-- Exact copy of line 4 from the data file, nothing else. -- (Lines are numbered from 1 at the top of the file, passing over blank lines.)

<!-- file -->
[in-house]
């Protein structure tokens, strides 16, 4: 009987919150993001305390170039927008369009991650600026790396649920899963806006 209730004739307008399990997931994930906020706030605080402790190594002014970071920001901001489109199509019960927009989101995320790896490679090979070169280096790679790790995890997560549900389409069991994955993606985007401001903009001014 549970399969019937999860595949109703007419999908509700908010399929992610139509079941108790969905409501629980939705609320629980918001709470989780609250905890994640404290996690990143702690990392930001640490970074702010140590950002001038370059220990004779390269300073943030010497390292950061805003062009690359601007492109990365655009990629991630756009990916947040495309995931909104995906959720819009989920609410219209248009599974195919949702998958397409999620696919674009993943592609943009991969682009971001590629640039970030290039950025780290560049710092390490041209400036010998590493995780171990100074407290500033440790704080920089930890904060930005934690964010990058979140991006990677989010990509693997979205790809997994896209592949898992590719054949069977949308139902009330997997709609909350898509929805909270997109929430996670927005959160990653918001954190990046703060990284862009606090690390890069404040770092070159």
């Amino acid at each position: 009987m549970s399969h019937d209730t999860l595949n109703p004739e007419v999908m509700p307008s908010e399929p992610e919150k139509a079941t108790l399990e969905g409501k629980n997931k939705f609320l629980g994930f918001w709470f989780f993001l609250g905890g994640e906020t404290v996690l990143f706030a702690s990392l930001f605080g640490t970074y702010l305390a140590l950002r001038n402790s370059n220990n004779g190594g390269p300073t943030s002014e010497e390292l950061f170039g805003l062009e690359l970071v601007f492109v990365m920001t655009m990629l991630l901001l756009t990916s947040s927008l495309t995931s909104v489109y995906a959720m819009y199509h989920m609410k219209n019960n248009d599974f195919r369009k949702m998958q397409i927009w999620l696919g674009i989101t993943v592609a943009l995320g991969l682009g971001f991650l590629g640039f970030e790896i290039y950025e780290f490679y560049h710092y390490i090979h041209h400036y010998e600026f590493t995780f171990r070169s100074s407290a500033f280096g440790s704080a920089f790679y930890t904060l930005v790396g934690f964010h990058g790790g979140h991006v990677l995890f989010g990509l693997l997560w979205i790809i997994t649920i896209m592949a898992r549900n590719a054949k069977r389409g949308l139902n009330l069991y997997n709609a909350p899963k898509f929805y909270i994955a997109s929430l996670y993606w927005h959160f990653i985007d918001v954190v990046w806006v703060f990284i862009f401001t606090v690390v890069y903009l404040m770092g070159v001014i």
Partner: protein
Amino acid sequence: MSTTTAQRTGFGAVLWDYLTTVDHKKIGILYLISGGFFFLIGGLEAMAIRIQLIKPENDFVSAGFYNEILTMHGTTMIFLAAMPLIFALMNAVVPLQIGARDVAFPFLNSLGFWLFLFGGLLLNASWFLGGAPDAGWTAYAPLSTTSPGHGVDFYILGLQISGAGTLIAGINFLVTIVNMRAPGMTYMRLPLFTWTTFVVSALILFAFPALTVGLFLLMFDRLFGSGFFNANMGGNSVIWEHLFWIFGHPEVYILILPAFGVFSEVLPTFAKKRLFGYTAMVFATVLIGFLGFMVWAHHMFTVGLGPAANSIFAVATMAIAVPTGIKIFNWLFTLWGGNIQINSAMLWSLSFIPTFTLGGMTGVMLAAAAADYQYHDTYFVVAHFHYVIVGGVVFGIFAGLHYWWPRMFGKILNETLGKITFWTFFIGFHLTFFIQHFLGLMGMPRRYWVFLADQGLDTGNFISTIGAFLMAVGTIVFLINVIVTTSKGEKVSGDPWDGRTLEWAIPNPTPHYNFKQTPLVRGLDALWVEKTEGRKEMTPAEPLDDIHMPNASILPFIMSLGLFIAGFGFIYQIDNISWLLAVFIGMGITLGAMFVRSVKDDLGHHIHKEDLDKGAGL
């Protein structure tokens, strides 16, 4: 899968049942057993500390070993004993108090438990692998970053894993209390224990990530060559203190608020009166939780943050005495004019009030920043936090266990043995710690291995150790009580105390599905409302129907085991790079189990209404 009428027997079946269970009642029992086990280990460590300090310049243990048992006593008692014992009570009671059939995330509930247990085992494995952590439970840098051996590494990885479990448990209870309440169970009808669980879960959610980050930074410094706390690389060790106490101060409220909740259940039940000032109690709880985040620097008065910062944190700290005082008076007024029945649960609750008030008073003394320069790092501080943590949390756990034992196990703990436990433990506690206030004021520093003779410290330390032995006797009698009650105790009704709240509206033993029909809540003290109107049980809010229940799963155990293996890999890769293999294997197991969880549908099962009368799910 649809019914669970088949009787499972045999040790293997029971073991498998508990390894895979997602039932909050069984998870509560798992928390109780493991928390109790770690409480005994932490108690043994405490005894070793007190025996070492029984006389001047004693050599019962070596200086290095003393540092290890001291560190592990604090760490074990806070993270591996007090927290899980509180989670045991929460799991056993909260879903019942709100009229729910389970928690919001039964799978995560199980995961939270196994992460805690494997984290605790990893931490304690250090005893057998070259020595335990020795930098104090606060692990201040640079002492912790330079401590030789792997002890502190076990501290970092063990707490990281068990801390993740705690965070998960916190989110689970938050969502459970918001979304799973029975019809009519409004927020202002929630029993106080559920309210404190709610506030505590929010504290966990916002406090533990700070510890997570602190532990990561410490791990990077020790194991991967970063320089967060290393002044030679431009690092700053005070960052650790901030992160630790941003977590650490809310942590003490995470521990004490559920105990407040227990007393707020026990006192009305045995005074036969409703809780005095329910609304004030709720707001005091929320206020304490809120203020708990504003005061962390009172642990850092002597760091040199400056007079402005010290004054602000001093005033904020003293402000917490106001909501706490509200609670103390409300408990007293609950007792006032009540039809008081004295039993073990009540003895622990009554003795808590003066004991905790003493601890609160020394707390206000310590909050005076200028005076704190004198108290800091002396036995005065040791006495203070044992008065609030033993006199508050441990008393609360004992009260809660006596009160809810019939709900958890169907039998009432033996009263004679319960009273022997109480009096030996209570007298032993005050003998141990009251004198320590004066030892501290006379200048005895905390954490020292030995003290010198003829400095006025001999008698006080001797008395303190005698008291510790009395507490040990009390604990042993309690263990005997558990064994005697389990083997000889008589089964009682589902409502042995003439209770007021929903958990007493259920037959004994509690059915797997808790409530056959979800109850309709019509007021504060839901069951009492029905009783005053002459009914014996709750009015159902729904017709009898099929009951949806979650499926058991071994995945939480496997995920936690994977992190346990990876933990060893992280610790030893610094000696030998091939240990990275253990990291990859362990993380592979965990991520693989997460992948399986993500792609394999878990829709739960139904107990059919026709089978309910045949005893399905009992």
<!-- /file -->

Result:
Partner: protein